The Beehive: the official blog of the Massachusetts Historical Society

Happy Halloween, 1874: Sketches Here and There

I love Halloween, so when I saw these lovely India ink sketches in our Graphics collection I was thrilled! Sketches Here and There by Franklin B. Gardner portray the fun and frolic of Halloween almost 150 years ago.  Amazingly, this is exactly what I had hoped and envisioned Halloween would have been like in the past; almost a ‘Dicken’s-like’ visual representation of what could be ‘A Halloween story’. Young people frolicking and enjoying a lovely morning in a cornfield followed by festive evening party, where guests clad in costumes have gathered to celebrate.

Although Halloween was celebrated elsewhere in various ways, modern Halloween is a distinctly American capstone holiday, whose traditions and celebration have permeated throughout the rest of the world. These images portray the holiday as a joyous occasion, celebrating autumn, the most beautiful season in New England. And what could be more idyllic than Halloween in the corn fields of New England in 1874?

In the Cornfield, on the Morning of Halloween


In the Cornfield, on the Morning of Halloween, detail.


As the Halloween season is upon us, these visions of Halloween past are a delight to examine. The food being laid out on the dining table during the gathering signifies that perhaps the celebration of Halloween involved a gathering or a feast among friends and family. The holiday has evolved over the years in such a way that we no longer enjoy the gathering and dinning that were once a part of Halloween celebrations. Modern Halloween celebrations puts much emphasis on ‘trick-o-treating’ and candy, so perhaps it is time to bring back the tradition of a gathering with friends and family. Let’s celebrate the season and enjoy the beauty of autumn days, and then feast on Halloween night! [Homemade costumes optional.]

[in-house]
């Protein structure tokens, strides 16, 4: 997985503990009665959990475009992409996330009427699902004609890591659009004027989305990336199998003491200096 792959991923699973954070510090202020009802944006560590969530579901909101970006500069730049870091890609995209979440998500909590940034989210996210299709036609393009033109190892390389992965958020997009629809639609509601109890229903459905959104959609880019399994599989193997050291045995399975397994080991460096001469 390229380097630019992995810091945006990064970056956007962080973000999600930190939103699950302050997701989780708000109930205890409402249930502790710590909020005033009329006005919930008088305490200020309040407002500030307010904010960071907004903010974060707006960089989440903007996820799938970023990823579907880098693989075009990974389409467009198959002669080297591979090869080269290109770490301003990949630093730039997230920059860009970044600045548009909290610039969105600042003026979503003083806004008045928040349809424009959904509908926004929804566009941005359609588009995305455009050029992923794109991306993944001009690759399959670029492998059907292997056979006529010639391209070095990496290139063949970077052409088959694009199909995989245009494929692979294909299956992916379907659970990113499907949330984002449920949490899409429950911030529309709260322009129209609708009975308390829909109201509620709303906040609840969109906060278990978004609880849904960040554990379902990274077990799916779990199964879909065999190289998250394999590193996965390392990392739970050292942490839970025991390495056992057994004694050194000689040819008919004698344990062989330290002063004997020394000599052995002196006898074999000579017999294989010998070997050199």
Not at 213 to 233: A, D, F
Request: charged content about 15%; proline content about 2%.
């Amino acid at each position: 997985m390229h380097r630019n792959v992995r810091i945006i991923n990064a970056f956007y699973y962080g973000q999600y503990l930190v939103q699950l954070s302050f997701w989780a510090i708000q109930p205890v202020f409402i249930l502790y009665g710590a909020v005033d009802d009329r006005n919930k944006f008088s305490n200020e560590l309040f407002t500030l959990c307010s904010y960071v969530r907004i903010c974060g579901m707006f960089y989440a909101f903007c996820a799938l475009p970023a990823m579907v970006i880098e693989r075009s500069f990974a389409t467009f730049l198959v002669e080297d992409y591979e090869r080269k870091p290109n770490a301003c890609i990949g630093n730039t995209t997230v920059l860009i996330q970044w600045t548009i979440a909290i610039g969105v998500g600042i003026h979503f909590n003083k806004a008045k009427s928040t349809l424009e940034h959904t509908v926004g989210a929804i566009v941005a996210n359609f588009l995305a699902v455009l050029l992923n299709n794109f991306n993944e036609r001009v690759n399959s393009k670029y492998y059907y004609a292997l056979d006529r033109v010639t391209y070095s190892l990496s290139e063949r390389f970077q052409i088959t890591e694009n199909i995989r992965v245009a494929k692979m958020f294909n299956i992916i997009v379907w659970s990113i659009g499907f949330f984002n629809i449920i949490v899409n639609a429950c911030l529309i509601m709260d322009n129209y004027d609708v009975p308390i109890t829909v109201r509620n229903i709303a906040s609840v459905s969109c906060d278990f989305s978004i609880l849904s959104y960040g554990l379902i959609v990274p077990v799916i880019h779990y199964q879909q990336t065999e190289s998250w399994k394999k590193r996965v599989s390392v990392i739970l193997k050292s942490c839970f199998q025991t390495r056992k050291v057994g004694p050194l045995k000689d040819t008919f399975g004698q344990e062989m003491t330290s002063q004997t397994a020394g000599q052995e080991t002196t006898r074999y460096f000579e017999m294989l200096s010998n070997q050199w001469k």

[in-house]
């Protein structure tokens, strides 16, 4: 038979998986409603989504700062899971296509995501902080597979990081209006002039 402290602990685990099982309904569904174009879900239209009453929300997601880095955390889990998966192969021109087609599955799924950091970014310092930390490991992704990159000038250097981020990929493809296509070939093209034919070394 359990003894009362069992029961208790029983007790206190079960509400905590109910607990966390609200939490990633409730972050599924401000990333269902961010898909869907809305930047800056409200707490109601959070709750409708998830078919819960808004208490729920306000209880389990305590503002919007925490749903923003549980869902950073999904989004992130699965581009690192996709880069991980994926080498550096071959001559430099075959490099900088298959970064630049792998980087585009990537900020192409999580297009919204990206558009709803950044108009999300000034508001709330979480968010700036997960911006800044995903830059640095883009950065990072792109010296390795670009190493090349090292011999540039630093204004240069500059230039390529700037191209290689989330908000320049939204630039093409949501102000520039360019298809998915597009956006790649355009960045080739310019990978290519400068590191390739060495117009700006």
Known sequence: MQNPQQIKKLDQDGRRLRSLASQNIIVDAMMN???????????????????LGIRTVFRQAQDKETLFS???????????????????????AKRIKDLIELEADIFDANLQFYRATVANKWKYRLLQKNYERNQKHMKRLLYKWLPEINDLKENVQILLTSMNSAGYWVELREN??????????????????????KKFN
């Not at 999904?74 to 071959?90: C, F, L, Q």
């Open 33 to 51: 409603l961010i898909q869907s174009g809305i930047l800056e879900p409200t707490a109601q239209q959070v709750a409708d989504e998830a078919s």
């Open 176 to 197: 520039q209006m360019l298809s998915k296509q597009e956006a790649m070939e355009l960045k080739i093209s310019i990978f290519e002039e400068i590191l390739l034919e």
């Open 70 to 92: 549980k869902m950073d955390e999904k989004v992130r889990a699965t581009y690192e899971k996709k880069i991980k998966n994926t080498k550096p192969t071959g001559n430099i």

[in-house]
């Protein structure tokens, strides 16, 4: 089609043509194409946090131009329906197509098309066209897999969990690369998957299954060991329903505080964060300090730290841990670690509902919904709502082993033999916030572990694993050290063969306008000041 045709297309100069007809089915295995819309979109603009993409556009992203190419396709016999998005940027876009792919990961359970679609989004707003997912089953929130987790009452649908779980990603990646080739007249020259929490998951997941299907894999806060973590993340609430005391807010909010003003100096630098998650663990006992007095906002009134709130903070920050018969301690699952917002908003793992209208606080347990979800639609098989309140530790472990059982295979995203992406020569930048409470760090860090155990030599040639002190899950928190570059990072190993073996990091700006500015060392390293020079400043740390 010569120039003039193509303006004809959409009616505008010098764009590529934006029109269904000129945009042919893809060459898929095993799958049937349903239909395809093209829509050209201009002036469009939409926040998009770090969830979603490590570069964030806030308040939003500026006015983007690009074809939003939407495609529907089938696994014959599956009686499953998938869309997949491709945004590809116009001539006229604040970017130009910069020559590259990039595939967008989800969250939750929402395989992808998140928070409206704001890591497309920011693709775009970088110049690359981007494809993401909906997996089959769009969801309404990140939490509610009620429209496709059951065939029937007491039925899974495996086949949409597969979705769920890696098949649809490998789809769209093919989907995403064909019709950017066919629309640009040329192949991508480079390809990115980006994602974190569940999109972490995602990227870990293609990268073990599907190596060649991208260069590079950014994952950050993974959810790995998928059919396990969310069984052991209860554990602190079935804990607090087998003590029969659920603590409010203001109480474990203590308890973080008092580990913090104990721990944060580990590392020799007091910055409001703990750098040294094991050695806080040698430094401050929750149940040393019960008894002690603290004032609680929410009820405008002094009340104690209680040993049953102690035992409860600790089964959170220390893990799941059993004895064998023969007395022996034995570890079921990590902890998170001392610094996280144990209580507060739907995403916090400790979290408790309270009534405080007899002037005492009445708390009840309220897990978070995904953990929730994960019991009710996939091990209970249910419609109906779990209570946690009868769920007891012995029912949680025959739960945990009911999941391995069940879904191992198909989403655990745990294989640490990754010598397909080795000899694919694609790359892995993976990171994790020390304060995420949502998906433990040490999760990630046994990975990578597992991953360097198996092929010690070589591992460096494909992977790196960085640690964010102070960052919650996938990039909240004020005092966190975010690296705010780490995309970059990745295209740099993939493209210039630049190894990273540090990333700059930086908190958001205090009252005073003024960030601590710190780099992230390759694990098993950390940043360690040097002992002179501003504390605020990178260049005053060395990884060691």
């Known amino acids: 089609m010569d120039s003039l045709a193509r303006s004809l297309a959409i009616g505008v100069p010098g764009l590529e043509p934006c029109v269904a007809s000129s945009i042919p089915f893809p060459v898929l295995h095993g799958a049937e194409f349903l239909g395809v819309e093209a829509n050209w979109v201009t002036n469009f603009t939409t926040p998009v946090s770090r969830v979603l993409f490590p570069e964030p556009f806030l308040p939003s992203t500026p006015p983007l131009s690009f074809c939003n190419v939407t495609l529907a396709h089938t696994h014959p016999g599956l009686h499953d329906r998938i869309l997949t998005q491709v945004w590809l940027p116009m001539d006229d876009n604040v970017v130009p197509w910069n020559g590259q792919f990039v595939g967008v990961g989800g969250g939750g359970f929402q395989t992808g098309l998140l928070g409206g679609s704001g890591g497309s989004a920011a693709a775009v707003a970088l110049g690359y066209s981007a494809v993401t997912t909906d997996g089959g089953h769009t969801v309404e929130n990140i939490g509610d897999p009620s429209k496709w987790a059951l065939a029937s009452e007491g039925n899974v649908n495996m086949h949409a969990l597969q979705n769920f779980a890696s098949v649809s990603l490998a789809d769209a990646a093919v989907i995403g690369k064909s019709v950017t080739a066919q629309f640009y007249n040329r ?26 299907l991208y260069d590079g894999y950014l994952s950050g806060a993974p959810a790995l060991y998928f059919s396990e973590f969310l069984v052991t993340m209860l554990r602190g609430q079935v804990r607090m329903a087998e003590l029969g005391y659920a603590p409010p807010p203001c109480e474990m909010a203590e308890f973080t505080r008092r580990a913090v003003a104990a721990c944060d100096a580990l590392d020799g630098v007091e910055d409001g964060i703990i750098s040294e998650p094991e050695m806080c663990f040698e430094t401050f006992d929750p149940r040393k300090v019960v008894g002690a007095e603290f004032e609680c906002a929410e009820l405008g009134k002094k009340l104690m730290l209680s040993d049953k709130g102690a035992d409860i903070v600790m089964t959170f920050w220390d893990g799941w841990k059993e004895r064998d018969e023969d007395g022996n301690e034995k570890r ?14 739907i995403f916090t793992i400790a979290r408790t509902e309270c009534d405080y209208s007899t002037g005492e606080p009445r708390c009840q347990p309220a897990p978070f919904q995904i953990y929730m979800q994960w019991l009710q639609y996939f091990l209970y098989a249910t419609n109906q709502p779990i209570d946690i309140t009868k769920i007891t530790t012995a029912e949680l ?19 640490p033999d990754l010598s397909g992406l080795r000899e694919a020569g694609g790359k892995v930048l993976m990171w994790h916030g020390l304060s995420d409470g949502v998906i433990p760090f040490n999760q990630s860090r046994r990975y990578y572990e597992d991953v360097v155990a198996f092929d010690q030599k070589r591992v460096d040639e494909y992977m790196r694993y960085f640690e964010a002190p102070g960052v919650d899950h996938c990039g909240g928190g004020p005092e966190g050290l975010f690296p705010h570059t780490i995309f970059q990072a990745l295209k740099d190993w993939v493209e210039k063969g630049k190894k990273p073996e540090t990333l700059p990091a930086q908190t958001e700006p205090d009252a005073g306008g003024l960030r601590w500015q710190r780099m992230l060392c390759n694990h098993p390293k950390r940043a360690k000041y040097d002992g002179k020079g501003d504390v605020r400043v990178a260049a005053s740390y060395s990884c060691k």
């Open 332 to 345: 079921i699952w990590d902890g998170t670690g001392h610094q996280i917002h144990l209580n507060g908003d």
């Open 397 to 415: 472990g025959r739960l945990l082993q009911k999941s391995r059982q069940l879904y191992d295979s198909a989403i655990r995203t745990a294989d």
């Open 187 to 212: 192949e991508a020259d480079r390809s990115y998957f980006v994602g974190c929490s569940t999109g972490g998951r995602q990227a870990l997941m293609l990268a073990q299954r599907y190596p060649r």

Hallowe'en, detail.


These beautiful sketches were done by amateur artist Franklin B. Gardner and given to the MHS in 1969 by Hermann Warner Williams, Jr. The collection consists of 16 pen and ink sketches and an illustrated title page. The subjects of the sketches are various social scenes, customs and activities and pastimes from the Boston area. We hope to be able to share each of these fabulous sketches with you in forthcoming blog posts.


Halloween in America

To quote Lisa Morton’s Trick or Treat: A History (Reaktion Books, 2012), how did Halloween go from being “An Autumnal party for adults” to “a costumed begging ritual for children”? The now heavily commercialized holiday has been exported from America to every part of the globe. Halloween has a very long and complex history, drawing on the traditions and customs of many cultures, a true amalgamation, which continues to evolve to this day.

Halloween is associated with death, although our relationship with and perception of death has changed along with the traditions of the holiday; thanks to advances in modern medicine, death is marginalized, which creates a fear of the unknown. Halloween has become a day when society indulges in fear.  Halloween was a holiday for mischief, especially for young boys, who enjoyed playing pranks through the night. Costumes were also a part of Halloween as exemplified by the ‘Hallowe’en’ sketch. But the biggest change in Halloween is the disappearance of the gathering and dinning, especially among adults. It was once a celebration of the season, when both the food and the theme of the party revolved around the bountiful fall harvest, with an emphasis on pumpkins and apples. It was not until after WWII that candy and Trick-or-Treating became a part of Halloween, indeed prior to that even candy manufacturers did not associate candy with Halloween. It was not long before Trick-or-Treating and the distribution of candy on Halloween night became mandatory customs.

More ‘spooky’ Halloween treats from the collection of the Massachusetts Historical Society:

- The Salem Witch Bureau: A beautiful piece of American joinery that was part of the Salem witchcraft trials, General William H. Sumner described this chest of drawers as "the Witch Bureau, from the middle drawer of which one of the Witches jumped out who was hung on Gallows Hill, in Salem."

Diary entry of Salem Witchcraft Trial judge Samuel Sewall,19 September 1692.

Examination of Geo. Burroughs 1692 May 9-11.  By Samuel Parris: Proceedings of the examination of Geo[rge] Burroughs and the testimony of bewitched girls, 9-11 May 1692, during the Salem witchcraft trials. Burroughs was found guilty and executed for witchcraft.

- A True Narration of the Strange and Grevous Vexation by the Devil of Seven Persons in Lancashire, and William Somers of Nottingham, by John Darrel: This is the only item in our catalog with the subject "Demoniac possession."






permalink | Published: Monday, 31 October, 2016, 10:13 AM


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